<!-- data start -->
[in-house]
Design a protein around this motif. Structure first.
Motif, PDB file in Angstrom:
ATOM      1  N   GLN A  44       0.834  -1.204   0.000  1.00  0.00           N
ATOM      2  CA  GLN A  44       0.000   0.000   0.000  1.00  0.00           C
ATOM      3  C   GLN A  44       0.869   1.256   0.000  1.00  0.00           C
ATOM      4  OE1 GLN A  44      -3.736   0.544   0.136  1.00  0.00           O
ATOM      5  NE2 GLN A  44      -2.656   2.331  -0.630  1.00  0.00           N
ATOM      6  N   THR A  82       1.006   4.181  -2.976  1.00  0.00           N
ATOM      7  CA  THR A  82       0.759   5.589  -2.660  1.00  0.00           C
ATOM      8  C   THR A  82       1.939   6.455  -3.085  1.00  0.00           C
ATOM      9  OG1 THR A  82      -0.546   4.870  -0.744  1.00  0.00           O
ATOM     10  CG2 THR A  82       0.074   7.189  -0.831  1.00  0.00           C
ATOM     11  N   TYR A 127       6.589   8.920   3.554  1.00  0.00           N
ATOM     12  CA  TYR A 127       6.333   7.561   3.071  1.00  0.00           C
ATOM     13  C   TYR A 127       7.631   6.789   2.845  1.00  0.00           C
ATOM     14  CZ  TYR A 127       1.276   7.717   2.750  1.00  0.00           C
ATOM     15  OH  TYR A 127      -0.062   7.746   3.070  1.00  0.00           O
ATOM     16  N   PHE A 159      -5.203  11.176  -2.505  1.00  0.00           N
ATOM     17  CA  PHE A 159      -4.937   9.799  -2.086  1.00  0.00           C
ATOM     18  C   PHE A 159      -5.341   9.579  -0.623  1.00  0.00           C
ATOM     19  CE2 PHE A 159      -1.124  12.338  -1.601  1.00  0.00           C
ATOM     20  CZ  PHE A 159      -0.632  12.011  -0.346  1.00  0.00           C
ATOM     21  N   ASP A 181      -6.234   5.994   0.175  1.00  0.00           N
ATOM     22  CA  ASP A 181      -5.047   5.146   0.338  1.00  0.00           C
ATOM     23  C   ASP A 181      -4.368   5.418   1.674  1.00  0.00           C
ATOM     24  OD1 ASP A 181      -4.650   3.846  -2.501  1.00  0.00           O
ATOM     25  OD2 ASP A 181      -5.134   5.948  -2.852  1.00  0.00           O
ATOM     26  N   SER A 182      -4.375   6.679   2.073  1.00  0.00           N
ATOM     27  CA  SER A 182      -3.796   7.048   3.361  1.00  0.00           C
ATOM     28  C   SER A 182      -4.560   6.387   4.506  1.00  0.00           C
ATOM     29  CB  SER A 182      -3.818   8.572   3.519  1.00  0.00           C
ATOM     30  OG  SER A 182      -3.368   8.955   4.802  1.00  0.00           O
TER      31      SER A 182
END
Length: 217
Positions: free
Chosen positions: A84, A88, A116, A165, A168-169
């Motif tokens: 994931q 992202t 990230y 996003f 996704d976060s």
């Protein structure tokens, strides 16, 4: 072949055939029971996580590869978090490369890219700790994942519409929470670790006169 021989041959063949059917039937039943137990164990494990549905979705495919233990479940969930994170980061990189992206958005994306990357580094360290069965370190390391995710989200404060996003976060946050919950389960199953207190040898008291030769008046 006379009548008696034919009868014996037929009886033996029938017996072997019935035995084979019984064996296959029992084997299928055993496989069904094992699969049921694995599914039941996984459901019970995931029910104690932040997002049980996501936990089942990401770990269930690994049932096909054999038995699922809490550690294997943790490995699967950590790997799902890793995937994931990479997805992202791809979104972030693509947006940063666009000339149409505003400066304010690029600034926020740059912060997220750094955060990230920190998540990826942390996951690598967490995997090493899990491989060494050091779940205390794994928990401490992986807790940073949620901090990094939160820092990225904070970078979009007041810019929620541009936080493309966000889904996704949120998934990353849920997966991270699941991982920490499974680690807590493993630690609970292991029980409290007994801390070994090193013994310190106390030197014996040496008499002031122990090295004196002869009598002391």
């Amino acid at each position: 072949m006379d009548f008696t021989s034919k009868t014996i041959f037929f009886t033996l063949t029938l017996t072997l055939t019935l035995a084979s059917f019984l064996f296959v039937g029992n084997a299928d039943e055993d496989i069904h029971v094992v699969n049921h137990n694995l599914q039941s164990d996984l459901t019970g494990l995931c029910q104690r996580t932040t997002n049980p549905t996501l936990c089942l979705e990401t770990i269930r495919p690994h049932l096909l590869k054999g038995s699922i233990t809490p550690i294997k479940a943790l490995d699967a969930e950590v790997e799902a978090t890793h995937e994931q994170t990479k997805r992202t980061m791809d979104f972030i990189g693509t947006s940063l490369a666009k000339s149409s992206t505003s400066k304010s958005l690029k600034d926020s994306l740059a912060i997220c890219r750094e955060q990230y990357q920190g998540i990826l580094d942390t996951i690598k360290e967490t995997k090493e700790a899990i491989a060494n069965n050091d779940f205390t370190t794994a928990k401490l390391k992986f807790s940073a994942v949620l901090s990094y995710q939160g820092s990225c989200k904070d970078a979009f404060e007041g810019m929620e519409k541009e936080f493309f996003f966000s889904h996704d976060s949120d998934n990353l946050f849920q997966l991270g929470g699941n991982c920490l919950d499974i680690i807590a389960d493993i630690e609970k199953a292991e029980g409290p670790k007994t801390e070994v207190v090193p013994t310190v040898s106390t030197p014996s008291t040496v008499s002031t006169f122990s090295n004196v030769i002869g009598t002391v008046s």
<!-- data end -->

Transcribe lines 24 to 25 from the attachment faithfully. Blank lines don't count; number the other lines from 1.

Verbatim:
ATOM     21  N   ASP A 181      -6.234   5.994   0.175  1.00  0.00           N
ATOM     22  CA  ASP A 181      -5.047   5.146   0.338  1.00  0.00           C